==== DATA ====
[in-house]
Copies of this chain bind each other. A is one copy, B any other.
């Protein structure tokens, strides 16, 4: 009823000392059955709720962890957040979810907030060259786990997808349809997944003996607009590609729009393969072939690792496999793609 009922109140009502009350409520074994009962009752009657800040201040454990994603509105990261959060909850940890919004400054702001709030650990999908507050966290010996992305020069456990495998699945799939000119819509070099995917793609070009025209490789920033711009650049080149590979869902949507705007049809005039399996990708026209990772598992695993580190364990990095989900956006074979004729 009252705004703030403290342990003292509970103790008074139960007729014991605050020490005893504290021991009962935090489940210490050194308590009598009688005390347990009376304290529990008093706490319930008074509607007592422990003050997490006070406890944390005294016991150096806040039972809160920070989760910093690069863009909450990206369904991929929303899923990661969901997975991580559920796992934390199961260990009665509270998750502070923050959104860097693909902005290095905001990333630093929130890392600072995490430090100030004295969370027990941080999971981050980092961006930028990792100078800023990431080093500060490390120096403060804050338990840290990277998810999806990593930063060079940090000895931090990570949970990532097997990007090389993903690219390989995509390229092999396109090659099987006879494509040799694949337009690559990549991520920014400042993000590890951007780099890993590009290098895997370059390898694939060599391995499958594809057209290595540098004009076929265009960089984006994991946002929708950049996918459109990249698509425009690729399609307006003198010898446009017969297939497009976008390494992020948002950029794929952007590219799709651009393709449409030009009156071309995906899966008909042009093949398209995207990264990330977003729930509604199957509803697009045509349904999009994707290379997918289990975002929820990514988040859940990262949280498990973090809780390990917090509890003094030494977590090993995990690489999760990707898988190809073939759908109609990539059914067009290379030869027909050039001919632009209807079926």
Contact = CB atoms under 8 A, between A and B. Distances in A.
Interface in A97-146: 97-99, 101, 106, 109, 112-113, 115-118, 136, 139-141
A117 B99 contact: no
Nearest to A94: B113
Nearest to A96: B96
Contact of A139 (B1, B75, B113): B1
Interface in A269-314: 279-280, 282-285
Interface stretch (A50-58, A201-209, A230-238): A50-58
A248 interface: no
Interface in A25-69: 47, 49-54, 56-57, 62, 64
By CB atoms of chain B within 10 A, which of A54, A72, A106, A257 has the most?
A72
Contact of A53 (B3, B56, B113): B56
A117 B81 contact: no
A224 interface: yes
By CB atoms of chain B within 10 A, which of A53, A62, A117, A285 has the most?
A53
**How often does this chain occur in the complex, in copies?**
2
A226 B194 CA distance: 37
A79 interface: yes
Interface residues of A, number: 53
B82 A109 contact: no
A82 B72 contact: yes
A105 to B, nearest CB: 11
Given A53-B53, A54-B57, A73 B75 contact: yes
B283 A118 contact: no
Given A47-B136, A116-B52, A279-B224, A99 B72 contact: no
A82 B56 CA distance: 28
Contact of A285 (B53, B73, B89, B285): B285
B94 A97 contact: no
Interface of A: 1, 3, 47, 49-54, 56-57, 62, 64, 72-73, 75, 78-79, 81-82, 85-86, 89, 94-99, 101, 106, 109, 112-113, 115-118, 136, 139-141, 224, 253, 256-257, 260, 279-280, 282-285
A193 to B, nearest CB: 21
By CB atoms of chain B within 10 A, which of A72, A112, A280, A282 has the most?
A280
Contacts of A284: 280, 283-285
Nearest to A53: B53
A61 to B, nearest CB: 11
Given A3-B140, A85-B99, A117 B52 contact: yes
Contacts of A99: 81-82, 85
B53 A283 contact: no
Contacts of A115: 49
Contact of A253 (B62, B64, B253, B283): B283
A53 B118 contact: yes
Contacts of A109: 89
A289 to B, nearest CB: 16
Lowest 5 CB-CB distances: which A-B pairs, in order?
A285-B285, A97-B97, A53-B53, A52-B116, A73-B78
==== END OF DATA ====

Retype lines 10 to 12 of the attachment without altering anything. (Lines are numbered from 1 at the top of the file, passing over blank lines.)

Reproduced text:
Interface in A269-314: 279-280, 282-285
Interface stretch (A50-58, A201-209, A230-238): A50-58
A248 interface: no